In that region there were shepherds living in the fields, keeping watch over their flock by night. Then an angel of the Lord stood before them, and the glory of the Lord shone around them, and they were terrified.10 But the angel said to them, “Do not be afraid; for see—I am bringing you good news of great joy for all the people: 11 to you is born this day in the city of David a Savior, who is the Messiah, the Lord. 12 This will be a sign for you: you will find a child wrapped in bands of cloth and lying in a manger.” 13 And suddenly there was with the angel a multitude of the heavenly host, praising God and saying,

14 “Glory to God in the highest heaven,
and on earth peace among those whom he favors!”

Reading 5 – Luke 2:15-20

15 When the angels had left them and gone into heaven, the shepherds said to one another, “Let us go now to Bethlehem and see this thing that has taken place, which the Lord has made known to us.” 16 So they went with haste and found Mary and Joseph, and the child lying in the manger.17 When they saw this, they made known what had been told them about this child; 18 and all who heard it were amazed at what the shepherds told them. 19 But Mary treasured all these words and pondered them in her heart. 20 The shepherds returned, glorifying and praising God for all they had heard and seen, as it had been told them.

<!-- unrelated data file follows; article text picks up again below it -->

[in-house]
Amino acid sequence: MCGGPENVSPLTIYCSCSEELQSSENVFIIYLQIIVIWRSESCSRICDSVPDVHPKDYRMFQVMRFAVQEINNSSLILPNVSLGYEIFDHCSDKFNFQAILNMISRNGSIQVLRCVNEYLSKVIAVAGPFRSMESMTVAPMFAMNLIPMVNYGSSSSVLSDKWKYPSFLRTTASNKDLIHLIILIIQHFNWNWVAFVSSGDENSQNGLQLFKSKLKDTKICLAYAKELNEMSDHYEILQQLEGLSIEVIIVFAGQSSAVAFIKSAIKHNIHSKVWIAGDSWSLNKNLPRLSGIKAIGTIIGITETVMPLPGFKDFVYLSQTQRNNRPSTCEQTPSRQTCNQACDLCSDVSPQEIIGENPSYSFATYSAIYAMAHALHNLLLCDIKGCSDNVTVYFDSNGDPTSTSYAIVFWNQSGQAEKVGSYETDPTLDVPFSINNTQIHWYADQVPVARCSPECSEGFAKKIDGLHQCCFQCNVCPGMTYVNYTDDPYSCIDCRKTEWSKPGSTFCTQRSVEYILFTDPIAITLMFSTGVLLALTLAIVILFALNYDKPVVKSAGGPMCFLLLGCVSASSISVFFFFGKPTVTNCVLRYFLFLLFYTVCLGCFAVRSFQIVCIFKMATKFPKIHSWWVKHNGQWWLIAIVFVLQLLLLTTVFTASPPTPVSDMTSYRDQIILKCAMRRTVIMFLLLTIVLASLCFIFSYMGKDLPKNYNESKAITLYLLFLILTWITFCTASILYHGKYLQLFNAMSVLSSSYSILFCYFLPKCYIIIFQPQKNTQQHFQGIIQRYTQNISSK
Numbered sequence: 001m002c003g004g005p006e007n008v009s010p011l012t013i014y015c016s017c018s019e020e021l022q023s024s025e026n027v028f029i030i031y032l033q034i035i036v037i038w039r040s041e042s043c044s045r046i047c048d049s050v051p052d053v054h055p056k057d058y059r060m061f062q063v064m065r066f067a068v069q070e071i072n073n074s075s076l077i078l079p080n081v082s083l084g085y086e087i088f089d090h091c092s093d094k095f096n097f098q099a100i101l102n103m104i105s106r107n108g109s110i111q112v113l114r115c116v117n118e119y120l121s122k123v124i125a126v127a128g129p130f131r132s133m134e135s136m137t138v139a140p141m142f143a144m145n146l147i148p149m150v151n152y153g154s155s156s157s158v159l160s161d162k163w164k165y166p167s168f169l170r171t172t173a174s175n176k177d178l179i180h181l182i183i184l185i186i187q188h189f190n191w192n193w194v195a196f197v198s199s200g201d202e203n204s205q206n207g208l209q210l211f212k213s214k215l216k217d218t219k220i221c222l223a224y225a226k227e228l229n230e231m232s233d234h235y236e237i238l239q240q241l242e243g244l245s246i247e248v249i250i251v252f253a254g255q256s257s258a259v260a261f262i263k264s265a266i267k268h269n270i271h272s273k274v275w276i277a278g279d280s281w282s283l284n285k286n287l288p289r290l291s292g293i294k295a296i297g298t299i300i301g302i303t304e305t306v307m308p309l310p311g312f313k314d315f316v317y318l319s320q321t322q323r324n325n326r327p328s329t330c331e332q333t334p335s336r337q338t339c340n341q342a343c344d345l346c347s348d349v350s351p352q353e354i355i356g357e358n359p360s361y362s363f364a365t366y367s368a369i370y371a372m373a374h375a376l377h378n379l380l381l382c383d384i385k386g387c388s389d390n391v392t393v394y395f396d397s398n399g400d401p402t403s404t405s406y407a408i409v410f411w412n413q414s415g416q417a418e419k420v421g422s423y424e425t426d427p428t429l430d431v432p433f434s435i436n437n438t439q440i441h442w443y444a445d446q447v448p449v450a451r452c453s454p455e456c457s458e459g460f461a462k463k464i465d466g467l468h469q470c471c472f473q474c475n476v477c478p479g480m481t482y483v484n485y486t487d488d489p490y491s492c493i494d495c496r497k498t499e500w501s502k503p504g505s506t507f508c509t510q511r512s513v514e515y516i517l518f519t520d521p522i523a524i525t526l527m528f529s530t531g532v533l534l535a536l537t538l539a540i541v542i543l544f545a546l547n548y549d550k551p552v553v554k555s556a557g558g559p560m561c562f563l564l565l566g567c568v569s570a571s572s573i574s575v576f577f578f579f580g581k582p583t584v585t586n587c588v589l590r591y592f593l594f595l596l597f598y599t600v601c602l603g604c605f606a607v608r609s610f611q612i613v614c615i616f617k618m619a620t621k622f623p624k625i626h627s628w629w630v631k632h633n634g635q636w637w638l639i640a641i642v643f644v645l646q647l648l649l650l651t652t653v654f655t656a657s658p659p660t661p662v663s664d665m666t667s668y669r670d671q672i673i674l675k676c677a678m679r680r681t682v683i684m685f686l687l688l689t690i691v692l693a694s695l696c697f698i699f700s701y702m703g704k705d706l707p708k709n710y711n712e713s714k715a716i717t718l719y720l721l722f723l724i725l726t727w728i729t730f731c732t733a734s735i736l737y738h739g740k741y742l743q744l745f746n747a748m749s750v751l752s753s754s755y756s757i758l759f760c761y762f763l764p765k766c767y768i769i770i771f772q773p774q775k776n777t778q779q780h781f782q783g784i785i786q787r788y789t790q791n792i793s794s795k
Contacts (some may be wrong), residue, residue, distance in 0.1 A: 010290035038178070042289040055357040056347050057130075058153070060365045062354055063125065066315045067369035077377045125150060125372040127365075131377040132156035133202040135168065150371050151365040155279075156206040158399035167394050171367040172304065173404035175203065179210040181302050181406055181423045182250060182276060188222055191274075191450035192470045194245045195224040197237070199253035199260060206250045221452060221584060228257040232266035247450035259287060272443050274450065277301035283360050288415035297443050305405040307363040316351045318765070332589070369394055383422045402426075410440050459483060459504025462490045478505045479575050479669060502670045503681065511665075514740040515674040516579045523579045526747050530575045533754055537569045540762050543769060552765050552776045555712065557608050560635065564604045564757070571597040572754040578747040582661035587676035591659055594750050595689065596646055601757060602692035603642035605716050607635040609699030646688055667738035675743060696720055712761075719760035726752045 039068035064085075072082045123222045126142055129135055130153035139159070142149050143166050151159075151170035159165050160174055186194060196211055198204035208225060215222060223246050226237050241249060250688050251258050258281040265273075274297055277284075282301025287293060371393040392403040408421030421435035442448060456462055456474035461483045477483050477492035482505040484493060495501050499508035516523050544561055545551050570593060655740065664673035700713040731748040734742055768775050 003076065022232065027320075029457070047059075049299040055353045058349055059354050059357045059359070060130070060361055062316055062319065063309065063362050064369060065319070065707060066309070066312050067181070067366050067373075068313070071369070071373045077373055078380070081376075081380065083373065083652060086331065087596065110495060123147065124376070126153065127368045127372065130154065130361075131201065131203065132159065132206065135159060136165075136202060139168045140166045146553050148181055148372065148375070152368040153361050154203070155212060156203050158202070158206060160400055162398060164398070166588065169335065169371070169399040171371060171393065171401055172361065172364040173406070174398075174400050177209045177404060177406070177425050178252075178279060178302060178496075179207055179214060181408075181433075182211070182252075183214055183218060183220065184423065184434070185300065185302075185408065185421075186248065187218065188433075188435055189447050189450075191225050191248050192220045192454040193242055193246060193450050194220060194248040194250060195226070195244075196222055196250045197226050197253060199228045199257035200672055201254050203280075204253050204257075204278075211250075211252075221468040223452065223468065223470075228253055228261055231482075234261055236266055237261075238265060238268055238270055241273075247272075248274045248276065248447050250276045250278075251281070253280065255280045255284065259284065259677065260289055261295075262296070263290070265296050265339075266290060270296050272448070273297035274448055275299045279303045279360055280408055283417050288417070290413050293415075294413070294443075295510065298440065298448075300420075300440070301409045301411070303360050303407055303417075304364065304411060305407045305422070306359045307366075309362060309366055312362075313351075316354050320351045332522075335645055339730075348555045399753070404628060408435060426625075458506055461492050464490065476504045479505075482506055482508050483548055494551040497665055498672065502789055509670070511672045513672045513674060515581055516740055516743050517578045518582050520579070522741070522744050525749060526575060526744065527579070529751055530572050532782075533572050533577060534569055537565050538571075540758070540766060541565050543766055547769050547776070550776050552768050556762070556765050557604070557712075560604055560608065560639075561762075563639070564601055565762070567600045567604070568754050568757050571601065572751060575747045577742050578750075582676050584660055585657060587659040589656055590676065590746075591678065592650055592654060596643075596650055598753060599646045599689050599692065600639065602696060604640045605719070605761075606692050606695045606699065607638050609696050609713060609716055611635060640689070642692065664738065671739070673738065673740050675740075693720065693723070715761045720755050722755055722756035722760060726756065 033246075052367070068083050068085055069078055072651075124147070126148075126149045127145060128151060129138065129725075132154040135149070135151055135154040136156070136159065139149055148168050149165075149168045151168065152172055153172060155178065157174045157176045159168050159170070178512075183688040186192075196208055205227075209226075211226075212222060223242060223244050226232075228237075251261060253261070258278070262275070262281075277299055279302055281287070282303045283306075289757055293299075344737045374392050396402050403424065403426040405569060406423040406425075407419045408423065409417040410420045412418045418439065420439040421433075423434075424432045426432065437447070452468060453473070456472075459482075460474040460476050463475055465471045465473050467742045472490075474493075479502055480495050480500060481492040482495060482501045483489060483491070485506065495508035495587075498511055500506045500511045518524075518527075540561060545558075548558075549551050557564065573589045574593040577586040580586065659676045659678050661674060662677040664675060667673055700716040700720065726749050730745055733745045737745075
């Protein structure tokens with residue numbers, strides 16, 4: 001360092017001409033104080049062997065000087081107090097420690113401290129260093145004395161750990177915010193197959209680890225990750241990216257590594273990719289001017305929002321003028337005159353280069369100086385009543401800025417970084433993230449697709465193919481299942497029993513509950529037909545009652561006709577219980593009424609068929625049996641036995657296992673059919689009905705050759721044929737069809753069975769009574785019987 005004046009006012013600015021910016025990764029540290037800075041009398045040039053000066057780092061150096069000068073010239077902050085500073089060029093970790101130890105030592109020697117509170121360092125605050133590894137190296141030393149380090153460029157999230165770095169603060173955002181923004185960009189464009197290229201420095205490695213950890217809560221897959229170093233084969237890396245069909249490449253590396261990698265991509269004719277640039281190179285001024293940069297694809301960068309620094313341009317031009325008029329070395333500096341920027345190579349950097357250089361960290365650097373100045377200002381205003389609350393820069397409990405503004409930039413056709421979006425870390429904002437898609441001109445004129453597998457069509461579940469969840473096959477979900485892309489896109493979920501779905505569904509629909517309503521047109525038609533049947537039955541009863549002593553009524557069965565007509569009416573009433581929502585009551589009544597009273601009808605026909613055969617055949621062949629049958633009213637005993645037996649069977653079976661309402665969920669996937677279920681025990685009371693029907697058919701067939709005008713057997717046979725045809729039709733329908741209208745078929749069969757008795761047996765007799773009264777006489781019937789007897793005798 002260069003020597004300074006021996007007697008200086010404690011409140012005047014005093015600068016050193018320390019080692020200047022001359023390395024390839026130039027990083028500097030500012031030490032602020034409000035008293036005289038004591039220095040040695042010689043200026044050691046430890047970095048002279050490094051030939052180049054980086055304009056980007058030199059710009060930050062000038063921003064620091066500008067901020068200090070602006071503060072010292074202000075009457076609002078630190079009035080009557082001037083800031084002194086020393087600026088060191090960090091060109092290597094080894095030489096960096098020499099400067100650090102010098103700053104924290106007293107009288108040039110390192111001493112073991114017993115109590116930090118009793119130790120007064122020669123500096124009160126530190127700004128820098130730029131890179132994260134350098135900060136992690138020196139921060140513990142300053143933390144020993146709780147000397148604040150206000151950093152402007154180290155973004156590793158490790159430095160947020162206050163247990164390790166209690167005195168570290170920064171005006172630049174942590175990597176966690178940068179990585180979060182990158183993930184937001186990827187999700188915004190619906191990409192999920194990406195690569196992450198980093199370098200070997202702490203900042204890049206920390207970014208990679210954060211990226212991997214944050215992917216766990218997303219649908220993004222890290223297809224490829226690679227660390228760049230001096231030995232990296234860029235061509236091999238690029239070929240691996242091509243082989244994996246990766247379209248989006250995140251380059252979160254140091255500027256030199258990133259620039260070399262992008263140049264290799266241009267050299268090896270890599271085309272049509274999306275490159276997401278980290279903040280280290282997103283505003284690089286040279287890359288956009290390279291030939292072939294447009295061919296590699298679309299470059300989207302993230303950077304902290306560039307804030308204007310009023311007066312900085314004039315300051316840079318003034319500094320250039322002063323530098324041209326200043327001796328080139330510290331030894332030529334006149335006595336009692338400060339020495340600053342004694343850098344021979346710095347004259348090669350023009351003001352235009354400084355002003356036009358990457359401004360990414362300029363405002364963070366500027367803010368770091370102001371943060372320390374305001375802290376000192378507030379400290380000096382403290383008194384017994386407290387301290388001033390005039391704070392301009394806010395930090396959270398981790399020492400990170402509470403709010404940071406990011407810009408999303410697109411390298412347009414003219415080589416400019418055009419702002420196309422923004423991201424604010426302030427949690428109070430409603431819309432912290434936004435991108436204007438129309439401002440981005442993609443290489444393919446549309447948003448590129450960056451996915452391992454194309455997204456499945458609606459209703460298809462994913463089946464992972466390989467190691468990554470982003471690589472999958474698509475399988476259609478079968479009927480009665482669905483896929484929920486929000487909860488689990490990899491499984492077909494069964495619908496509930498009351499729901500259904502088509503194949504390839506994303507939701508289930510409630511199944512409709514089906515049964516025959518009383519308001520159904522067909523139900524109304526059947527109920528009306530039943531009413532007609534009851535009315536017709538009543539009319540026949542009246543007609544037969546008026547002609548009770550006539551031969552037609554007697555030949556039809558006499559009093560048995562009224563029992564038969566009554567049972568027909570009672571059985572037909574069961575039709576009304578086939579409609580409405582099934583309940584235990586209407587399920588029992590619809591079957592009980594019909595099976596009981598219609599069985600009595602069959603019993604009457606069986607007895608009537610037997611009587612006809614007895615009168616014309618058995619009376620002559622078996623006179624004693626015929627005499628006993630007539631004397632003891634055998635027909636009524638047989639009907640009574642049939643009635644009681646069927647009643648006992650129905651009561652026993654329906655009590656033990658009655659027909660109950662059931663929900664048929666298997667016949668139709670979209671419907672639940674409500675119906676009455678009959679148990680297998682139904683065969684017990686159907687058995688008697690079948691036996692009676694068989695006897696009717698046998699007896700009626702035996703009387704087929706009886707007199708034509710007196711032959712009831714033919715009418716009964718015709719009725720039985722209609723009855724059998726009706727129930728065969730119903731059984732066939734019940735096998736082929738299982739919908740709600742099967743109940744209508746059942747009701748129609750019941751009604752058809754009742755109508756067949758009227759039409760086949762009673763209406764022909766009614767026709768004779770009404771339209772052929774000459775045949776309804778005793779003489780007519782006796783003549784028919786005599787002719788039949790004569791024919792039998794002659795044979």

MEDITATION: